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Join Us for National Walk to a Park Day on October 10th

 

Walk to a Park Day_Canopy Banner_R1-bannerLast October, on 10/10 at 10:10AM—The Trust for Public Land, in partnership with the National Recreation and Park Association, Urban Land Institute, and more than 200 mayors around the country—launched the 10-Minute Walk Campaign, an historic effort to ensure there’s a great park within a 10-minute walk of every person, in every neighborhood, in every city across the country.

This 10/10 we’re proud to announce the first annual National Walk to a Park Day—a day devoted to celebrating the parks we have, and advocating for the parks we need.
Today, 1 in 3 Americans—more than 100 million people—don’t have a park within a 10-minute walk of home.

This campaign is a national movement to change that. Studies show access to nearby parks improves the physical health of residents and provides important social and community benefits—from boosting business and helping revitalize neighborhoods to cleaning and cooling the air, improving climate resilience, and providing opportunities for environmental education.

Parks are the anchors of healthy, livable communities, providing countless benefits—from helping to cool our cities to improving health and well-being to providing much-needed spaces to gather and play.

Visit www.walktoaparkday.org to pledge to walk to a park on 10/10. Then share your story using #10minwalk and #WalkToAParkDay. For every pledge, Hydro Flask’s Parks for All program will donate $1 to create parks where they’re needed most.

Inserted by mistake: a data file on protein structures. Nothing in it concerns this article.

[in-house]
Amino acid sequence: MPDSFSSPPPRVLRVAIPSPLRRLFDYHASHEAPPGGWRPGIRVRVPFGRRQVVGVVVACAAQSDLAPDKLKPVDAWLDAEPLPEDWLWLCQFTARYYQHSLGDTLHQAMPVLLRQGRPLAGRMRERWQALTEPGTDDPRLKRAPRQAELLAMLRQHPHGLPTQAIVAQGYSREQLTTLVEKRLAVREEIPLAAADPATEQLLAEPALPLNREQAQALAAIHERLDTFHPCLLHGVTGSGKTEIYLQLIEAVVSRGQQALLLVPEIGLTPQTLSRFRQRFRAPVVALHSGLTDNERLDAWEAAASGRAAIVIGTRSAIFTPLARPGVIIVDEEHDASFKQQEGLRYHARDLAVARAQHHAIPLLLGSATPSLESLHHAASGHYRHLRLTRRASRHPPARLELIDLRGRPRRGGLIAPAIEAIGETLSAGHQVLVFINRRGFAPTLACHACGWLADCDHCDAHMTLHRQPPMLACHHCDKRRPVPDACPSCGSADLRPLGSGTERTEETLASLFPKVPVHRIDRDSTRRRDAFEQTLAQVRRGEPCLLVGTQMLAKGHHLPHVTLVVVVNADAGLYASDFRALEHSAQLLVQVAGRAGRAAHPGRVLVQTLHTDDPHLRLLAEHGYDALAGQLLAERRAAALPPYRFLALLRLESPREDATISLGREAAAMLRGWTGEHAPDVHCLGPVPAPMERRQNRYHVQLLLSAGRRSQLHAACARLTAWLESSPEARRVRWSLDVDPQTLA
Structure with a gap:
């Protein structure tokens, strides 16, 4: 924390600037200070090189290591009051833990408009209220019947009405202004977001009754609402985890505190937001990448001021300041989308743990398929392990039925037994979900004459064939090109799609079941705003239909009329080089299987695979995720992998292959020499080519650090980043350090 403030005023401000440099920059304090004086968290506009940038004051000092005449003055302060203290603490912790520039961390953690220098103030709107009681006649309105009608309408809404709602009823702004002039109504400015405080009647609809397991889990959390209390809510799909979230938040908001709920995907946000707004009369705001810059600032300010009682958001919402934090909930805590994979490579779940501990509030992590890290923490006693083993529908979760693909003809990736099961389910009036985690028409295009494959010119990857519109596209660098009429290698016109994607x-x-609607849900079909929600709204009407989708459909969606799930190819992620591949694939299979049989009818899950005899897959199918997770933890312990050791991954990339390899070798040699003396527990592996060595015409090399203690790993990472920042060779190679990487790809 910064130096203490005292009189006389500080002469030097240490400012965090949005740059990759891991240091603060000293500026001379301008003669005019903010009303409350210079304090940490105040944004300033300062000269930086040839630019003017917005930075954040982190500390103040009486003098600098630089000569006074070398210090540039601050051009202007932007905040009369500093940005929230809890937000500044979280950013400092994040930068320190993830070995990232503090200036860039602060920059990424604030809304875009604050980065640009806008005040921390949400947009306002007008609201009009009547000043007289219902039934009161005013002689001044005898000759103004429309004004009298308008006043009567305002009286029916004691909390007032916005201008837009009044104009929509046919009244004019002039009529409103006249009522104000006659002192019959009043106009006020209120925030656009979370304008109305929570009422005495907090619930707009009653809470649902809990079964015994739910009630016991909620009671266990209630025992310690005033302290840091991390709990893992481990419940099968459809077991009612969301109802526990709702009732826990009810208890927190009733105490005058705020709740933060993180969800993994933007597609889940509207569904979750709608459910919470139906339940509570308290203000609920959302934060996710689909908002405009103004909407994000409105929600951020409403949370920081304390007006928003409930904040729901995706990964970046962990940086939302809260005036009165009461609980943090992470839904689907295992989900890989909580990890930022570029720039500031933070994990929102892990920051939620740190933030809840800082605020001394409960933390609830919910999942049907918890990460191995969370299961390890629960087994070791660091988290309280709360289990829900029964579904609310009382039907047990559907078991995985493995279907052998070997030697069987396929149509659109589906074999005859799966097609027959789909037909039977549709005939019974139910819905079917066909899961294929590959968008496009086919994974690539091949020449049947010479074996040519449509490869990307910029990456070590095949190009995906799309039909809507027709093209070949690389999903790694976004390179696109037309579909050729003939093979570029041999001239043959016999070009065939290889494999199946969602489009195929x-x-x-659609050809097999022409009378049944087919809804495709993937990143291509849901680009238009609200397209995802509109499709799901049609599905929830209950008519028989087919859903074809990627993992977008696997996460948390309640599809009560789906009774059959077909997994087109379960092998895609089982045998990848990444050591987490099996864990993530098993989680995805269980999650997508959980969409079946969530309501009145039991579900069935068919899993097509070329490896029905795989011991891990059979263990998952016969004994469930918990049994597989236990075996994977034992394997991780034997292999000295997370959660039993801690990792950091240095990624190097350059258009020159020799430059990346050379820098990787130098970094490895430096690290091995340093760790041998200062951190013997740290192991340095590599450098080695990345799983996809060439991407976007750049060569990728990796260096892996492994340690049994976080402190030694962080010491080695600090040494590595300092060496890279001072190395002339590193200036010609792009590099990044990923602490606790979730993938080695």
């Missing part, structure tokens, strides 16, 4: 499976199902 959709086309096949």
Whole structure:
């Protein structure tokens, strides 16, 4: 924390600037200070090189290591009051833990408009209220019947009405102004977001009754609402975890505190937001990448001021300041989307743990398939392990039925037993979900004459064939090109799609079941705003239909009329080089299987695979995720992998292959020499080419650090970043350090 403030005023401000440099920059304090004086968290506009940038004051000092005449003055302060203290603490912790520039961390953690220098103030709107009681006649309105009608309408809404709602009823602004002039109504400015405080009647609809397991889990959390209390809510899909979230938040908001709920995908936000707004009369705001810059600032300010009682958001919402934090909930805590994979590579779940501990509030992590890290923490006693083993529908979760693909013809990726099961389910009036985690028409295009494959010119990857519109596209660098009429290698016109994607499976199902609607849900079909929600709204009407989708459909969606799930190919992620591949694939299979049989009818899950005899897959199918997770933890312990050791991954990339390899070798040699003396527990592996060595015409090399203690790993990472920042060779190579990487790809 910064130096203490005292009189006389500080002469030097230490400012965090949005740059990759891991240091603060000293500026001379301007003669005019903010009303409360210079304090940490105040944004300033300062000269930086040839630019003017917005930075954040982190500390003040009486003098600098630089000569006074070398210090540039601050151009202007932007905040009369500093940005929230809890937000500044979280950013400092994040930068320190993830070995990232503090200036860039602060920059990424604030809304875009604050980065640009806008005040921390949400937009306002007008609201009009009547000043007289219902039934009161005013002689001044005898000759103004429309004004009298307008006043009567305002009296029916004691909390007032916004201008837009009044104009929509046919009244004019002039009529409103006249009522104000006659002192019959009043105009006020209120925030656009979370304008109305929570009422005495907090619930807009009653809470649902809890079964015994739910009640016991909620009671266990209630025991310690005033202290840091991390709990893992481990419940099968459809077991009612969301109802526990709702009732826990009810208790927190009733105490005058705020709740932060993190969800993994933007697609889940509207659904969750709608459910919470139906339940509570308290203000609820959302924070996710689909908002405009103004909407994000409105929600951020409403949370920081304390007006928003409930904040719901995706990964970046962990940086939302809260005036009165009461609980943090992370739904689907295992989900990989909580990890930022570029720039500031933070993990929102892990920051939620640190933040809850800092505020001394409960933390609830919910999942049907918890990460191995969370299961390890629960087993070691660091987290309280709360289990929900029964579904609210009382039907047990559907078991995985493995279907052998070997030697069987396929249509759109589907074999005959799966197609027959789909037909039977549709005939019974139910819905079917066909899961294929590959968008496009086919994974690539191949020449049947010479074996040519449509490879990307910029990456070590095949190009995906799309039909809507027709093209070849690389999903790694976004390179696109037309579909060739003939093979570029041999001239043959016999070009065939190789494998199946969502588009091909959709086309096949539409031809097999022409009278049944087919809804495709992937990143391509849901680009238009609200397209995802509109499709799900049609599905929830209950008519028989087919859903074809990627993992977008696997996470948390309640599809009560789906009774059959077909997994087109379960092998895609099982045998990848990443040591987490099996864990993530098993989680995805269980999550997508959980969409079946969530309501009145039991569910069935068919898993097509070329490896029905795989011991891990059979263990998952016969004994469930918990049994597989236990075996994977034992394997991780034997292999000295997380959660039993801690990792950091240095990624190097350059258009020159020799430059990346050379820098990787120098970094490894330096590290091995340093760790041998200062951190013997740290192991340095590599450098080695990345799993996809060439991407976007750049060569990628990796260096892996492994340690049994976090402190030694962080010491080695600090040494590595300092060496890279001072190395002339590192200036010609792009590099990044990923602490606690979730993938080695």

New publication: Creating Parks & Public Spaces for people of all ages

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Public parks are important places for building a sense of community and social belonging. They are spaces that belong to everyone, regardless of age, gender, ethnicity, religion or income.

However, the way parks are designed, maintained and programmed doesn’t always reflect the purpose and promise of such uniquely public spaces. Pinched for funds by competing priorities, many municipalities neglect their park networks or fail to invest in these vital places as their communities grow and change.

With the publication of Creating Parks and Public Places for People of All Ages: A Step-by-Step Guide, AARP Livable Communities8 80 Cities and The Trust for Public Land have come together to highlight the importance of parks — and give community leaders (and park advocates from all corners) tools they can use to both create and improve green spaces and public places for people of all ages.

Download your copy from AARP.org

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City Park Facts 2018: the impact of park partners – nonprofits and volunteers